After being informed that it was impossible for me to have a GP appointment at a time convenient for me, last week I wrote a letter to the practice manager, explaining the situation and asking if something could be arranged. She called me hours after receiving my letter and said that there were actually doctors available on week day afternoons, although only on a Friday would there be a female doctor available, which would be preferable for me. I made an appointment for yesterday afternoon.
On arriving at the surgery, I was informed that a medical student wished to sit in on my appointment. As difficult as I knew it might be to have another person making notes while I speak about childhood abuse and PTSD symptoms, I accepted. Students need to learn how to handle these situations. The last GP I tried speaking to handed me a leaflet and a prescription for ‘mood stabilising’ medication that I didn’t really need or want and got me out of her office as soon as she could.
I sat nervously in the waiting room, wondering how to begin telling the doctor why I need help. I’ve had to tell many people now. It’s always difficult to know where to start. There are words I have trouble saying. With the GP, I decided to simply describe my symptoms and how I went to a doctor before and was on a waiting list for therapy but we left the area before I was given an appointment. She asked what the cause of my PTSD was. I practically whispered the words ‘I was abused in childhood’. It’s so easy to type it out but actually saying the words out loud is so hard sometimes. She asked what kind of abuse. Again, I very quietly said the word ‘sexual’.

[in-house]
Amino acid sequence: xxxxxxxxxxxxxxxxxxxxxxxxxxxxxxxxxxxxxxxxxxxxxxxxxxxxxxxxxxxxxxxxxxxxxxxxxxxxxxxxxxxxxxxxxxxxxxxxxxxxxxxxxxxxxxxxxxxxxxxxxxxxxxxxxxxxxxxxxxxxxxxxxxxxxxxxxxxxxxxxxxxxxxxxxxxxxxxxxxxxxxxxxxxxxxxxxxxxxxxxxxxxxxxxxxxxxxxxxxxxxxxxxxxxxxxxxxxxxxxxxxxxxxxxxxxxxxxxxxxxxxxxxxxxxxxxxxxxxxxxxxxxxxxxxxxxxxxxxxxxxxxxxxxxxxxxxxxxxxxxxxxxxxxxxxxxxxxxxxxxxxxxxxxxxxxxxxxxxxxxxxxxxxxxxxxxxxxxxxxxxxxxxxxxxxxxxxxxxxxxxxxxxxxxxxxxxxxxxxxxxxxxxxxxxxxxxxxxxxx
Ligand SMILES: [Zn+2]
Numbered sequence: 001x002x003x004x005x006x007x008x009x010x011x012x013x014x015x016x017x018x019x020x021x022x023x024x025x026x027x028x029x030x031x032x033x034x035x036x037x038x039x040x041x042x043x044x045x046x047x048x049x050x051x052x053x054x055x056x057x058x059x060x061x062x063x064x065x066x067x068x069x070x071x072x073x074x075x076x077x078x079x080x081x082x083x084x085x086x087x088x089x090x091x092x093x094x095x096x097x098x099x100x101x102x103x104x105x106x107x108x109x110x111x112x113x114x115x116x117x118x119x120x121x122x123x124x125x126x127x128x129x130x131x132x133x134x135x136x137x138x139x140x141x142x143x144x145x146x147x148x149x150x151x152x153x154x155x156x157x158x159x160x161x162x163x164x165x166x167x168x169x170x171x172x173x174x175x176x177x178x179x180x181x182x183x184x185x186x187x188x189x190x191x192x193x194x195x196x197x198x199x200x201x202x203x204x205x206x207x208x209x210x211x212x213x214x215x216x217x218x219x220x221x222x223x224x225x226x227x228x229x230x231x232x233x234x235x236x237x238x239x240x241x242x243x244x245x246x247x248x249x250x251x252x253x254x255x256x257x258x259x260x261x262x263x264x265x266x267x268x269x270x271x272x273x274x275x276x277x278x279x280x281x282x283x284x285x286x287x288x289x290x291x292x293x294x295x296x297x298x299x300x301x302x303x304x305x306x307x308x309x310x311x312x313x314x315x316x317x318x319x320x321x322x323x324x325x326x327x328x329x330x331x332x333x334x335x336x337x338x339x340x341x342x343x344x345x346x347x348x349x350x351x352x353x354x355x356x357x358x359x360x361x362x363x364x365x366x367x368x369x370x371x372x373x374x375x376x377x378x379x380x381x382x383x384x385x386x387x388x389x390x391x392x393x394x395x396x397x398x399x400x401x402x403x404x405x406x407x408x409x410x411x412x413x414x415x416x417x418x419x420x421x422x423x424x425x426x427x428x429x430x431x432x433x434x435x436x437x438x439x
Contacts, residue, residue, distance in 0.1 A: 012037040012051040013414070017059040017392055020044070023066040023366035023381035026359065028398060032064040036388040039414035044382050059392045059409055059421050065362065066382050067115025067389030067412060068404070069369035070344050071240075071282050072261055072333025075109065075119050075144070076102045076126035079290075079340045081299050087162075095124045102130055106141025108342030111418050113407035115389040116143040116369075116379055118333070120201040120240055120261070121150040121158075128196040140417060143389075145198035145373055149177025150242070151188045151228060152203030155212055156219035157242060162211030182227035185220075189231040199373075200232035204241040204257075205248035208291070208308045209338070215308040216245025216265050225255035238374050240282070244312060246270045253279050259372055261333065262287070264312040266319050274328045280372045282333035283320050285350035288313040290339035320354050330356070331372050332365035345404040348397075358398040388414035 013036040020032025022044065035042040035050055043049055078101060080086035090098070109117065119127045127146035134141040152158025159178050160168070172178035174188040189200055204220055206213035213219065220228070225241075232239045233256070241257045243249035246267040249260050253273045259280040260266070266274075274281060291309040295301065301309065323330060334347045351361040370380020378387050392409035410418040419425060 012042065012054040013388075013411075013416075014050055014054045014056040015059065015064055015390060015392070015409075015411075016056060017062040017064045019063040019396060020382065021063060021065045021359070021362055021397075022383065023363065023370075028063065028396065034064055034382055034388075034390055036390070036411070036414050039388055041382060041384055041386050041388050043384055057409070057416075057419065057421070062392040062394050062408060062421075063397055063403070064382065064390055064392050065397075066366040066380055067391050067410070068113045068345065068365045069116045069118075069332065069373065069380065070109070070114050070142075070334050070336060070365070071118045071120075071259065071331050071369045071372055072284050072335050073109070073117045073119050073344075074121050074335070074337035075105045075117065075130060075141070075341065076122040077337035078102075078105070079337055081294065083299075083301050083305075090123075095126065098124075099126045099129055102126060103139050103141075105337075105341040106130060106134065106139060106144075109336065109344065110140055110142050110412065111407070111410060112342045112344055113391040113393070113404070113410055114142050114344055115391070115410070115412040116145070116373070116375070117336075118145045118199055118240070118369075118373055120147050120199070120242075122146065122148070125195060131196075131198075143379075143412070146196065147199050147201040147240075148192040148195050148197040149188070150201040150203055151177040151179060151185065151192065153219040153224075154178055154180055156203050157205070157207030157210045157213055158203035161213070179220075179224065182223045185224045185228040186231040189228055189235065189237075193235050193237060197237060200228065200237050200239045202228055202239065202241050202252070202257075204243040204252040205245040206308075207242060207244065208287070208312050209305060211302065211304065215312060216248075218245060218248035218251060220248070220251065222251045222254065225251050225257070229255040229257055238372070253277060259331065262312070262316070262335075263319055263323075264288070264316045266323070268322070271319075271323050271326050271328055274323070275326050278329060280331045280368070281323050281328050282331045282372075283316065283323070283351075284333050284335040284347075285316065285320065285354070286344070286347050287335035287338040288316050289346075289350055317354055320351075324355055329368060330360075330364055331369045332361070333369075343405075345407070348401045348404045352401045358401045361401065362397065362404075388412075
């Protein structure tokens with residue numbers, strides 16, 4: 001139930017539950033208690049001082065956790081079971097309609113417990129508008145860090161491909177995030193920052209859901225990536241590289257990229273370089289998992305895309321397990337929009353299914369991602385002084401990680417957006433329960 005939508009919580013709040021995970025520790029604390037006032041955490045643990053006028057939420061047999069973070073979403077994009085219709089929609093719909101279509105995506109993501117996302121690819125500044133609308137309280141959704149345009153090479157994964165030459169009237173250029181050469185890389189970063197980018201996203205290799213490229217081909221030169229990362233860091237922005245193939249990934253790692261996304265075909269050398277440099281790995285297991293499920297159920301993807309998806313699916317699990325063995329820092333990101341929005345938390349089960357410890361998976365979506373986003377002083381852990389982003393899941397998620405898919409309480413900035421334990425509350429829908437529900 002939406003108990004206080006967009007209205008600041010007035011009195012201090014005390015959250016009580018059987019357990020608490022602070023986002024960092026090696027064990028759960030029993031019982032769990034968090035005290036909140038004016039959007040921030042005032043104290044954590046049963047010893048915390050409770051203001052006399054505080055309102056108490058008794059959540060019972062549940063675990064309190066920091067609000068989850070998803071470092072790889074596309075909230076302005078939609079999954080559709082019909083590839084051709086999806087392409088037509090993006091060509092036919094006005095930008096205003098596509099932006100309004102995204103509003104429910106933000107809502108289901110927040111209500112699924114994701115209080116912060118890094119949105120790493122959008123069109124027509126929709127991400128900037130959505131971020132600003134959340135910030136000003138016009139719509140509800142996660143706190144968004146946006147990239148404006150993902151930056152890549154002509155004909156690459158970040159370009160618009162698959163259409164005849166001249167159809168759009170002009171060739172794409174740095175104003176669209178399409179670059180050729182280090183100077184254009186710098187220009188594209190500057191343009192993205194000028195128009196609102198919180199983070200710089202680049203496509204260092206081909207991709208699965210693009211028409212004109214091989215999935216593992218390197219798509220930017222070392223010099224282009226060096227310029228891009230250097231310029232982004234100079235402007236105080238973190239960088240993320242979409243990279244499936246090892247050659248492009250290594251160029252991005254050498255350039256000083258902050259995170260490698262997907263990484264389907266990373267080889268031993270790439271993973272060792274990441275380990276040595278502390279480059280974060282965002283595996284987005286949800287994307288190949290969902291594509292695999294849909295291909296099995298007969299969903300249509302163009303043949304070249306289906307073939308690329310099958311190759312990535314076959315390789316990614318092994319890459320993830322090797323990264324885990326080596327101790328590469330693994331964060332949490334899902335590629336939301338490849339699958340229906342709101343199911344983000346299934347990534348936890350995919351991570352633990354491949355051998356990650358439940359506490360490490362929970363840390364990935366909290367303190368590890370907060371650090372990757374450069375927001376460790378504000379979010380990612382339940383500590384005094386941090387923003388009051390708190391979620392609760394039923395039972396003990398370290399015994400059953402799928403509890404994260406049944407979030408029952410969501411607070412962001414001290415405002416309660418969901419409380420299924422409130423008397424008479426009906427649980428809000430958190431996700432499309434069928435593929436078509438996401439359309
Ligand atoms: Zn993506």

She was really helpful. She asked a lot of questions but kindly explained that the more detail she can put in the referral letter, the more likely I am to be higher up on the waiting list. She also asked if this was the first time I had told someone and if I had spoken to the police. I told her the whole story of how I told the police but the case didn’t go to court due to insufficient evidence and how we’d had to move to Cardiff after receiving threats from my family. The medical student sat near the back of the office, scribbling notes occasionally. I found that it didn’t make me as uncomfortable as I thought it might.
I’m now on a waiting list to have a consultation to see a psychiatrist. The GP did mention that the practice has a councilor but the waiting lists would be just as long and she thinks I’m going to need more in depth treatment.
I know I’m still a very long waiting list away from actually receiving therapy or anymore professional help with PTSD but I’m another step towards it and I know that help is, in a sense, on the way.
Thanks for reading.